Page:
FirstLine Live Oak School in Uptown. (Marta Jewson/The Lens)

It’s back to virtual learning for thousands of NOLA Public Schools district students on Wednesday as city and school officials await the arrival of Hurricane Zeta, the latest disruption in a tumultuous year that has seen statewide school shutdowns from the COVID-19 pandemic and seven tropical storm systems forecast to hit southeast Louisiana at one point or another. 

“Schools will directly inform families of their individual plans for what programming may be offered remotely, due to the weather,” district spokeswoman Taslin Alfonzo wrote in a release.

The storm is expected to hit Wednesday evening as a Category 1 hurricane in southeast Louisiana with winds increasing throughout the day leading up to landfall. Heavy rainfall is possible through the next 36 hours and the New Orleans Sewerage and Water Board announced Tuesday that one of its turbines, which powers its pumping systems, is out of service. The city has dealt with several major street flooding events in the past several years.

“If [turbine 4] didn’t go down I probably wouldn’t be as uncomfortable as I am right now,” SWBNO General Superintendent Bob Turner told reporters at a Tuesday afternoon press conference with New Orleans Mayor LaToya Cantrell.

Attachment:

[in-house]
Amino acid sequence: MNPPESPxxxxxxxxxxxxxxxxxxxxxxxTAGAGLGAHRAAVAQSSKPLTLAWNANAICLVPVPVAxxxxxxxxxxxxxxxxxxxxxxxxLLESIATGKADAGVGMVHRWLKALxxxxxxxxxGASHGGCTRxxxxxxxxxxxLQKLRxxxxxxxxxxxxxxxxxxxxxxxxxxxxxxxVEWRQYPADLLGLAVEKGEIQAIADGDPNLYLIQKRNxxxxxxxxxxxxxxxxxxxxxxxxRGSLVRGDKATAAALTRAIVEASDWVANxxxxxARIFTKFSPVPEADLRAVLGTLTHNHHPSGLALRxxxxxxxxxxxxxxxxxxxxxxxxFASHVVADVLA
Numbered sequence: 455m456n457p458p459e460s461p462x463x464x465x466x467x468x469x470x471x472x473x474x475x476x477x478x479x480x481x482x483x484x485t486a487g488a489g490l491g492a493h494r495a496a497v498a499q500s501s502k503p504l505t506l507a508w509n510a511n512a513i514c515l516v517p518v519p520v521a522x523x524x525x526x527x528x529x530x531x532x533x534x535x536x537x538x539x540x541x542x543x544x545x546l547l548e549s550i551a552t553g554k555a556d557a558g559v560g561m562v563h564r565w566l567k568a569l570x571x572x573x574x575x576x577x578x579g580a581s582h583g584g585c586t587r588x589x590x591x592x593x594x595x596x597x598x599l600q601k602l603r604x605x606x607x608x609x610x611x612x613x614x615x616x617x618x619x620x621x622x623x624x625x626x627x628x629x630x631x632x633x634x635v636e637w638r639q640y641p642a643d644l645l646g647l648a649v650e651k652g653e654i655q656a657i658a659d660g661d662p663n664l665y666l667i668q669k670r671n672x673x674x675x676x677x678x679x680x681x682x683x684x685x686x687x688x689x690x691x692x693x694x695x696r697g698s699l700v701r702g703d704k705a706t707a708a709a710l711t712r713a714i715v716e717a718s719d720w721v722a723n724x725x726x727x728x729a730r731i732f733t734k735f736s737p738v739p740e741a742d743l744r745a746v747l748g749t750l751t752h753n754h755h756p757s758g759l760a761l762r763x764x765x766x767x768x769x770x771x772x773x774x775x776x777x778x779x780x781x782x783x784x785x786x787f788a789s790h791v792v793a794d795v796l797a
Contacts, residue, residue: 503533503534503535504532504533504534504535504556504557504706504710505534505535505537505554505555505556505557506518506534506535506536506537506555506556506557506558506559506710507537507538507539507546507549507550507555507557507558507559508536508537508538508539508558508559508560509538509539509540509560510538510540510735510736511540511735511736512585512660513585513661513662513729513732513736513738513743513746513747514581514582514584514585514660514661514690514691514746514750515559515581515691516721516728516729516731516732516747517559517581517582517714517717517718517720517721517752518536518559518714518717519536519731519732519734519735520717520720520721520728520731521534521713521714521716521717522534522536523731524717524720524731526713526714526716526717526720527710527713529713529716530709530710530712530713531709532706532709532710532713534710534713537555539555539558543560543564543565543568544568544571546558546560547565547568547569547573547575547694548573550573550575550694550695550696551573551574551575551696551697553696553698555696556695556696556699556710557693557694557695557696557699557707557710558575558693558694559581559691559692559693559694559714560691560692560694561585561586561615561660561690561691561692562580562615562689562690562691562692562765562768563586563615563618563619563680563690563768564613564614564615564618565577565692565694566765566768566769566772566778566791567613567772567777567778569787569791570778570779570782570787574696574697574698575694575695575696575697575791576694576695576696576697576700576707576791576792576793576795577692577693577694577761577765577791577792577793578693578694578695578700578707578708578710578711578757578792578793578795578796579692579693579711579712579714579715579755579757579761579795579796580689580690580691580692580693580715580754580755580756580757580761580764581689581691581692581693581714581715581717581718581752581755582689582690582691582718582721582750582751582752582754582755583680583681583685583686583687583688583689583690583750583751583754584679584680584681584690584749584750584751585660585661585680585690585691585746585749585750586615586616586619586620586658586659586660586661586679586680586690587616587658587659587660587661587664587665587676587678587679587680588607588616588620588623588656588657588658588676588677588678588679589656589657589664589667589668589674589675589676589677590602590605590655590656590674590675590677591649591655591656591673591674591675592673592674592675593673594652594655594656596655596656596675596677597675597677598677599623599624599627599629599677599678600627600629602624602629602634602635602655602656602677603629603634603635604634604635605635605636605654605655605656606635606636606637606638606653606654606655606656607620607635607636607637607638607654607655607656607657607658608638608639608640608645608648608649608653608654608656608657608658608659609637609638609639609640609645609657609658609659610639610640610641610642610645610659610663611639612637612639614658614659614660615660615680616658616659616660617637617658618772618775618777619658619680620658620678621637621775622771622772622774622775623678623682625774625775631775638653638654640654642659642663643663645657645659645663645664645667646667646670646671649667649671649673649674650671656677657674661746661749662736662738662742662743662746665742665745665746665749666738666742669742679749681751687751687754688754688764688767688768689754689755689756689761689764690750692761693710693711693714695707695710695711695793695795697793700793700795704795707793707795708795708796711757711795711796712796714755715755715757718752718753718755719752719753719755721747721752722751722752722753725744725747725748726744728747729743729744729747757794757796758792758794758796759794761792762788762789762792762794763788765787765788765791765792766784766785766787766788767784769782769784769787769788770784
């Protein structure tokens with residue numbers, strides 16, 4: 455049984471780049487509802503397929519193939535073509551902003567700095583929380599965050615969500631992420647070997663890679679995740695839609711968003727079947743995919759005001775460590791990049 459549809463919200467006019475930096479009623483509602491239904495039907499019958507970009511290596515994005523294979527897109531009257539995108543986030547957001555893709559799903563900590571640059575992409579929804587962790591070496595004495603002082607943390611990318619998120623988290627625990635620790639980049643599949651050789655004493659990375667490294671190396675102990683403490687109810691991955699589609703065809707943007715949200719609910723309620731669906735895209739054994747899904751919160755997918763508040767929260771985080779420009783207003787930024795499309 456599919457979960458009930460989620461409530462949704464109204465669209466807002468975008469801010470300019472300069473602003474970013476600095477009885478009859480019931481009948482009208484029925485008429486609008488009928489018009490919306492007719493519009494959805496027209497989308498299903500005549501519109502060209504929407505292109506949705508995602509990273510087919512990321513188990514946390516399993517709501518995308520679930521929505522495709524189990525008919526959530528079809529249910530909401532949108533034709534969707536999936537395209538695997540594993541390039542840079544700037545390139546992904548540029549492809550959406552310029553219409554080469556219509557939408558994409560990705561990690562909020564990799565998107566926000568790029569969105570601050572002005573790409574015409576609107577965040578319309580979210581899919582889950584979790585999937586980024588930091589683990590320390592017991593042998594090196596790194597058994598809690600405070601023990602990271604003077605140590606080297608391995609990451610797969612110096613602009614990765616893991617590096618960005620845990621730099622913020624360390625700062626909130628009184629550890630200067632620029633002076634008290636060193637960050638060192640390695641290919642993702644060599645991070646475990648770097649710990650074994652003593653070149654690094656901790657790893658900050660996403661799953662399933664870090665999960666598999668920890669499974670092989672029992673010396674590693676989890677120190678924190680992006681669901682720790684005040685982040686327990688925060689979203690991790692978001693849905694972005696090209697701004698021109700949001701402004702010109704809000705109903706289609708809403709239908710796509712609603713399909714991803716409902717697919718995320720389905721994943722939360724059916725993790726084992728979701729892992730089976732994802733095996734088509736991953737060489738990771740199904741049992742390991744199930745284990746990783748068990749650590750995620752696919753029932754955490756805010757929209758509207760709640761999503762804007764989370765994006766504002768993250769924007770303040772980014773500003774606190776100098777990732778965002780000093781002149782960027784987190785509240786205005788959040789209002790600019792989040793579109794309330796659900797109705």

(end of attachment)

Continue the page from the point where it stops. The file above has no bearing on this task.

As pandemic-related restrictions eased, New Orleans public school students began returning to classrooms in mid- to late-September. First, pre-kindergarten through fourth-grade students were allowed back and within the last two weeks middle and high school students have returned to at least two-days of in-person learning each week as well. 

The district has already cancelled school — and remote learning — due to previous storms. Some students returned as late as this Monday to in-person learning because school officials wanted them to be comfortable with virtual learning in case of future COVID-19 closures.

On Wednesday, students will shift back to remote learning. Charter groups and the district have made a concerted effort to supply laptops and internet hotspots to students since schools were first closed by Gov. John Bel Edwards’ mid-March order. 

School food service is cancelled Wednesday and the district will close its office at noon. 

“The District will continue to monitor the storm and will reassess needs for extended closures, distance learning, or announce a return to in-person classes as we continue to learn more on the potential impacts to our area throughout the evening and tomorrow,” a district press release says. 

NOLA Public Schools officials are monitoring the storm and will determine whether closures are necessary past Wednesday.

Marta Jewson

Marta Jewson covers education in New Orleans for The Lens. She began her reporting career covering charter schools for The Lens and helped found the hyperlocal news site Mid-City Messenger. Jewson returned...